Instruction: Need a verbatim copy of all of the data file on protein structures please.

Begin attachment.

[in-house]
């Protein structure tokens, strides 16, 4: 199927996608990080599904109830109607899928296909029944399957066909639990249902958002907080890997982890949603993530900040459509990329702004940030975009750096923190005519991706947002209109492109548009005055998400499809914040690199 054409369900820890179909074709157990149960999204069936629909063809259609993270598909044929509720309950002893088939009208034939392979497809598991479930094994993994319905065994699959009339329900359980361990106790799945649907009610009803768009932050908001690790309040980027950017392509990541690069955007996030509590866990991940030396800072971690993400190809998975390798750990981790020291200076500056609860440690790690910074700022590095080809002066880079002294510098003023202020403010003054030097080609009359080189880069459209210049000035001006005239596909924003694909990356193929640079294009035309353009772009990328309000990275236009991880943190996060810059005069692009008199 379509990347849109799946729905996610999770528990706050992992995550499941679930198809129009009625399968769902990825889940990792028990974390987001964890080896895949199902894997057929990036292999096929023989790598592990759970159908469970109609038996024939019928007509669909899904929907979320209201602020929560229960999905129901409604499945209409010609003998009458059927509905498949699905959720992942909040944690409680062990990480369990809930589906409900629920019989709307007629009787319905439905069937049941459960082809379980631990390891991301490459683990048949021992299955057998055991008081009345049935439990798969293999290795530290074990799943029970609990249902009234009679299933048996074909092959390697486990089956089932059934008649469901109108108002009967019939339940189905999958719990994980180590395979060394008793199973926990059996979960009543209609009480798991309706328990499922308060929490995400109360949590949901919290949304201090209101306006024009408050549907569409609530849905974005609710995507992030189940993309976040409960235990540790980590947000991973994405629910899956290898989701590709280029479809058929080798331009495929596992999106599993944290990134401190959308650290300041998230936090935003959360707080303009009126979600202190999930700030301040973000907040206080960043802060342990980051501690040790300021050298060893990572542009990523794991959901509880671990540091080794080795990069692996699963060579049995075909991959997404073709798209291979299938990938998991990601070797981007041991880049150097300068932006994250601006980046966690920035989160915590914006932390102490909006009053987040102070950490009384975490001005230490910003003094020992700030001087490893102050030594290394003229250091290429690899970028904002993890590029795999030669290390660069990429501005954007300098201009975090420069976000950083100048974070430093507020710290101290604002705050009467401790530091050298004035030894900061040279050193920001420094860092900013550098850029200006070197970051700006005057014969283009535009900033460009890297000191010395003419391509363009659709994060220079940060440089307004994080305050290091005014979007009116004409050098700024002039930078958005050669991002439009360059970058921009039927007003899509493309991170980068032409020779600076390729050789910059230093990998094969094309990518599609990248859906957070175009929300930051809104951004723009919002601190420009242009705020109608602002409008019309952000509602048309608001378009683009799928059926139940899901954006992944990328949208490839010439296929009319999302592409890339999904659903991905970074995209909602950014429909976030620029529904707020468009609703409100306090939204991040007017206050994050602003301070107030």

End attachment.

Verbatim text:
[in-house]
């Protein structure tokens, strides 16, 4: 199927996608990080599904109830109607899928296909029944399957066909639990249902958002907080890997982890949603993530900040459509990329702004940030975009750096923190005519991706947002209109492109548009005055998400499809914040690199 054409369900820890179909074709157990149960999204069936629909063809259609993270598909044929509720309950002893088939009208034939392979497809598991479930094994993994319905065994699959009339329900359980361990106790799945649907009610009803768009932050908001690790309040980027950017392509990541690069955007996030509590866990991940030396800072971690993400190809998975390798750990981790020291200076500056609860440690790690910074700022590095080809002066880079002294510098003023202020403010003054030097080609009359080189880069459209210049000035001006005239596909924003694909990356193929640079294009035309353009772009990328309000990275236009991880943190996060810059005069692009008199 379509990347849109799946729905996610999770528990706050992992995550499941679930198809129009009625399968769902990825889940990792028990974390987001964890080896895949199902894997057929990036292999096929023989790598592990759970159908469970109609038996024939019928007509669909899904929907979320209201602020929560229960999905129901409604499945209409010609003998009458059927509905498949699905959720992942909040944690409680062990990480369990809930589906409900629920019989709307007629009787319905439905069937049941459960082809379980631990390891991301490459683990048949021992299955057998055991008081009345049935439990798969293999290795530290074990799943029970609990249902009234009679299933048996074909092959390697486990089956089932059934008649469901109108108002009967019939339940189905999958719990994980180590395979060394008793199973926990059996979960009543209609009480798991309706328990499922308060929490995400109360949590949901919290949304201090209101306006024009408050549907569409609530849905974005609710995507992030189940993309976040409960235990540790980590947000991973994405629910899956290898989701590709280029479809058929080798331009495929596992999106599993944290990134401190959308650290300041998230936090935003959360707080303009009126979600202190999930700030301040973000907040206080960043802060342990980051501690040790300021050298060893990572542009990523794991959901509880671990540091080794080795990069692996699963060579049995075909991959997404073709798209291979299938990938998991990601070797981007041991880049150097300068932006994250601006980046966690920035989160915590914006932390102490909006009053987040102070950490009384975490001005230490910003003094020992700030001087490893102050030594290394003229250091290429690899970028904002993890590029795999030669290390660069990429501005954007300098201009975090420069976000950083100048974070430093507020710290101290604002705050009467401790530091050298004035030894900061040279050193920001420094860092900013550098850029200006070197970051700006005057014969283009535009900033460009890297000191010395003419391509363009659709994060220079940060440089307004994080305050290091005014979007009116004409050098700024002039930078958005050669991002439009360059970058921009039927007003899509493309991170980068032409020779600076390729050789910059230093990998094969094309990518599609990248859906957070175009929300930051809104951004723009919002601190420009242009705020109608602002409008019309952000509602048309608001378009683009799928059926139940899901954006992944990328949208490839010439296929009319999302592409890339999904659903991905970074995209909602950014429909976030620029529904707020468009609703409100306090939204991040007017206050994050602003301070107030």